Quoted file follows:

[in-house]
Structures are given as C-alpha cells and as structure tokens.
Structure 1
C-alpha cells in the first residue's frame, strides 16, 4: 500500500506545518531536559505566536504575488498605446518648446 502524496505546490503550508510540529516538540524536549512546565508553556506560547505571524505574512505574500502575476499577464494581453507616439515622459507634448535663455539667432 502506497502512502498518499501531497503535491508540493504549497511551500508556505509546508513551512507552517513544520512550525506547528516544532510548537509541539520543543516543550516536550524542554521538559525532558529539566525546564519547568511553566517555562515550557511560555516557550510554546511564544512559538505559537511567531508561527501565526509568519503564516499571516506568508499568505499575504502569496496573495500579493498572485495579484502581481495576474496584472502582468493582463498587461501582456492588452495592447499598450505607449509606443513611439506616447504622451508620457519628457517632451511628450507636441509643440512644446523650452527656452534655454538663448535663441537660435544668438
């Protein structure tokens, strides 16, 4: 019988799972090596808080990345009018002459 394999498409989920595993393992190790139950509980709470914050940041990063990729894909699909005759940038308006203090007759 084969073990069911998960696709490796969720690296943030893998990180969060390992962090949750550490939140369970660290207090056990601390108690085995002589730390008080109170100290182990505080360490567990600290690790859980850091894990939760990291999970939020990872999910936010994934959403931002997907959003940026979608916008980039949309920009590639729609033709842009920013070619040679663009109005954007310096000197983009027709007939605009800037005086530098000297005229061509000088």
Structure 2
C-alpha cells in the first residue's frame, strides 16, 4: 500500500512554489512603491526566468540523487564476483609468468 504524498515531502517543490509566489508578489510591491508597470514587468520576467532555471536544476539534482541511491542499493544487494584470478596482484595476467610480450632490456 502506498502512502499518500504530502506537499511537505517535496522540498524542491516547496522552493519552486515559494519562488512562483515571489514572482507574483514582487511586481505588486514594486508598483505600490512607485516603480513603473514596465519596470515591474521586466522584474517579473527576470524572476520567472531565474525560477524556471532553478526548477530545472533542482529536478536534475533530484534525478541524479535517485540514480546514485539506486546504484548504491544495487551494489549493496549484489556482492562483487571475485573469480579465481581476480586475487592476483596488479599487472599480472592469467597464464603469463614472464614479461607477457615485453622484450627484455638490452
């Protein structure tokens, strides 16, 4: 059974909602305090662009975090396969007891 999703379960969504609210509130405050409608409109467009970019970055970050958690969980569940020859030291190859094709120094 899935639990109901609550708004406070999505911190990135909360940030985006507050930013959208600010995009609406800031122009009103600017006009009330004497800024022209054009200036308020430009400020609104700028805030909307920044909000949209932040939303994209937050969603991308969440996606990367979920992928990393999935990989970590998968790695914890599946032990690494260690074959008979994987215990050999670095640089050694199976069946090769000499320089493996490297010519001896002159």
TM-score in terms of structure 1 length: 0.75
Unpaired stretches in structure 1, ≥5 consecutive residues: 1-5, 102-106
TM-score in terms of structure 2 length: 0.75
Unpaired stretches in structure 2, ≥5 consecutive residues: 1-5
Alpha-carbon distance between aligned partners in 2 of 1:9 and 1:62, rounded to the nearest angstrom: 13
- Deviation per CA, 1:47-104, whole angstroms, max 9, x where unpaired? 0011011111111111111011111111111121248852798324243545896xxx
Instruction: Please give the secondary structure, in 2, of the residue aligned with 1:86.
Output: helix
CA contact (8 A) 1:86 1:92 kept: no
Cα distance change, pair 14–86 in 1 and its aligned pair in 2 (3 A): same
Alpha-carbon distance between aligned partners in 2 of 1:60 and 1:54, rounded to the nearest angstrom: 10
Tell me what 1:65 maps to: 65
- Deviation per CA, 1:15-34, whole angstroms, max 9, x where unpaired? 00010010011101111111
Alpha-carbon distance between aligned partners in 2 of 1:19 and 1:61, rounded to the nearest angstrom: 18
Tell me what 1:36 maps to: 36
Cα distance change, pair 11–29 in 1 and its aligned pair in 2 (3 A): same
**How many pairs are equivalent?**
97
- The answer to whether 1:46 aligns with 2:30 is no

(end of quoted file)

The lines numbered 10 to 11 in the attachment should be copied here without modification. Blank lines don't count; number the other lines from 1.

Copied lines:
Unpaired stretches in structure 1, ≥5 consecutive residues: 1-5, 102-106
TM-score in terms of structure 2 length: 0.75